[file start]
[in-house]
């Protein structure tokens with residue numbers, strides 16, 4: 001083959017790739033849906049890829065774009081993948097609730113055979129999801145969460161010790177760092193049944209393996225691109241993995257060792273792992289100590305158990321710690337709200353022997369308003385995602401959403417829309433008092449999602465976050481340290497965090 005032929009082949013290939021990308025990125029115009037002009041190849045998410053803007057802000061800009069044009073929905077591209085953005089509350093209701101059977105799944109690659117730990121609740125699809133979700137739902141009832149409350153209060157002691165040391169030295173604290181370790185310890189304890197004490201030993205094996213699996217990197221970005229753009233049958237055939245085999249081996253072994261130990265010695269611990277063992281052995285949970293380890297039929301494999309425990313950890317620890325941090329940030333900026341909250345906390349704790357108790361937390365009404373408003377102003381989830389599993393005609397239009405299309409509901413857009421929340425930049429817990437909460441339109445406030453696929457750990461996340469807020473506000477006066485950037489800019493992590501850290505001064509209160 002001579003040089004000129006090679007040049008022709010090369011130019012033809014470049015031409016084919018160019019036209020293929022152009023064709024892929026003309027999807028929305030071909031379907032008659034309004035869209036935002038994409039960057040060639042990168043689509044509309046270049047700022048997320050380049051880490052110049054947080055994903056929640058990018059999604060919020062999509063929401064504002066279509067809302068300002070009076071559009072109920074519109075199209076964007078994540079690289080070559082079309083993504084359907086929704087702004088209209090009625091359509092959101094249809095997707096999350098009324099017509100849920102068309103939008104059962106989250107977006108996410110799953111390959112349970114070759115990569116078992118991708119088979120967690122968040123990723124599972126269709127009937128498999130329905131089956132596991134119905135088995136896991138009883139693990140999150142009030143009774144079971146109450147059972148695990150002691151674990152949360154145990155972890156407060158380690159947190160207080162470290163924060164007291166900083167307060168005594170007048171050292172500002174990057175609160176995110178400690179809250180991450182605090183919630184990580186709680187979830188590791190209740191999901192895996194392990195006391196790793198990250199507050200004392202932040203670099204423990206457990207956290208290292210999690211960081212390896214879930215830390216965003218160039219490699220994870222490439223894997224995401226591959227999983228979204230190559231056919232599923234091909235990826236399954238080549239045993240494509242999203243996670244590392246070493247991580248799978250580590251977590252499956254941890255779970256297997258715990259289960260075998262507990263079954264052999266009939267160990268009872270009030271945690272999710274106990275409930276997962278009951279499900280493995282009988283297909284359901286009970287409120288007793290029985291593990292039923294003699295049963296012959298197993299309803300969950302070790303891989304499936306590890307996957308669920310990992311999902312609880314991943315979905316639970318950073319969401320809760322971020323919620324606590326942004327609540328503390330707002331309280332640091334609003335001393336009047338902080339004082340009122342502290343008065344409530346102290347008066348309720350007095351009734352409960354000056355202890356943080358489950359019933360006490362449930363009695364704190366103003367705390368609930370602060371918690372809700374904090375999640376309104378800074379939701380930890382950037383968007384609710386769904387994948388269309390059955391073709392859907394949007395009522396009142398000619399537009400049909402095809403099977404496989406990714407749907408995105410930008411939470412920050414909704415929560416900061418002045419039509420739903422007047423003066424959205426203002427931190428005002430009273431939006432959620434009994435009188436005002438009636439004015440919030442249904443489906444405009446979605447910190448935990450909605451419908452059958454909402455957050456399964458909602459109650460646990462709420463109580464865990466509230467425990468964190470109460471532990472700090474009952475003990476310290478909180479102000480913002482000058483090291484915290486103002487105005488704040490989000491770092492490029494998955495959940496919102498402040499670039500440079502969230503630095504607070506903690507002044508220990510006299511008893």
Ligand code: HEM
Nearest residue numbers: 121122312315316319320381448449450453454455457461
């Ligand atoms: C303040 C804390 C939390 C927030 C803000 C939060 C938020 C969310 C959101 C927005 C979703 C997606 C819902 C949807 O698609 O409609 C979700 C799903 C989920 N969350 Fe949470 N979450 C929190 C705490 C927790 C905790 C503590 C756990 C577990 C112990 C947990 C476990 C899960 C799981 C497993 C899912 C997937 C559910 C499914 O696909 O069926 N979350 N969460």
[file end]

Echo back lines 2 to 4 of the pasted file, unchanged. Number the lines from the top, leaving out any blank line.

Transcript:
């Protein structure tokens with residue numbers, strides 16, 4: 001083959017790739033849906049890829065774009081993948097609730113055979129999801145969460161010790177760092193049944209393996225691109241993995257060792273792992289100590305158990321710690337709200353022997369308003385995602401959403417829309433008092449999602465976050481340290497965090 005032929009082949013290939021990308025990125029115009037002009041190849045998410053803007057802000061800009069044009073929905077591209085953005089509350093209701101059977105799944109690659117730990121609740125699809133979700137739902141009832149409350153209060157002691165040391169030295173604290181370790185310890189304890197004490201030993205094996213699996217990197221970005229753009233049958237055939245085999249081996253072994261130990265010695269611990277063992281052995285949970293380890297039929301494999309425990313950890317620890325941090329940030333900026341909250345906390349704790357108790361937390365009404373408003377102003381989830389599993393005609397239009405299309409509901413857009421929340425930049429817990437909460441339109445406030453696929457750990461996340469807020473506000477006066485950037489800019493992590501850290505001064509209160 002001579003040089004000129006090679007040049008022709010090369011130019012033809014470049015031409016084919018160019019036209020293929022152009023064709024892929026003309027999807028929305030071909031379907032008659034309004035869209036935002038994409039960057040060639042990168043689509044509309046270049047700022048997320050380049051880490052110049054947080055994903056929640058990018059999604060919020062999509063929401064504002066279509067809302068300002070009076071559009072109920074519109075199209076964007078994540079690289080070559082079309083993504084359907086929704087702004088209209090009625091359509092959101094249809095997707096999350098009324099017509100849920102068309103939008104059962106989250107977006108996410110799953111390959112349970114070759115990569116078992118991708119088979120967690122968040123990723124599972126269709127009937128498999130329905131089956132596991134119905135088995136896991138009883139693990140999150142009030143009774144079971146109450147059972148695990150002691151674990152949360154145990155972890156407060158380690159947190160207080162470290163924060164007291166900083167307060168005594170007048171050292172500002174990057175609160176995110178400690179809250180991450182605090183919630184990580186709680187979830188590791190209740191999901192895996194392990195006391196790793198990250199507050200004392202932040203670099204423990206457990207956290208290292210999690211960081212390896214879930215830390216965003218160039219490699220994870222490439223894997224995401226591959227999983228979204230190559231056919232599923234091909235990826236399954238080549239045993240494509242999203243996670244590392246070493247991580248799978250580590251977590252499956254941890255779970256297997258715990259289960260075998262507990263079954264052999266009939267160990268009872270009030271945690272999710274106990275409930276997962278009951279499900280493995282009988283297909284359901286009970287409120288007793290029985291593990292039923294003699295049963296012959298197993299309803300969950302070790303891989304499936306590890307996957308669920310990992311999902312609880314991943315979905316639970318950073319969401320809760322971020323919620324606590326942004327609540328503390330707002331309280332640091334609003335001393336009047338902080339004082340009122342502290343008065344409530346102290347008066348309720350007095351009734352409960354000056355202890356943080358489950359019933360006490362449930363009695364704190366103003367705390368609930370602060371918690372809700374904090375999640376309104378800074379939701380930890382950037383968007384609710386769904387994948388269309390059955391073709392859907394949007395009522396009142398000619399537009400049909402095809403099977404496989406990714407749907408995105410930008411939470412920050414909704415929560416900061418002045419039509420739903422007047423003066424959205426203002427931190428005002430009273431939006432959620434009994435009188436005002438009636439004015440919030442249904443489906444405009446979605447910190448935990450909605451419908452059958454909402455957050456399964458909602459109650460646990462709420463109580464865990466509230467425990468964190470109460471532990472700090474009952475003990476310290478909180479102000480913002482000058483090291484915290486103002487105005488704040490989000491770092492490029494998955495959940496919102498402040499670039500440079502969230503630095504607070506903690507002044508220990510006299511008893």
Ligand code: HEM
Nearest residue numbers: 121122312315316319320381448449450453454455457461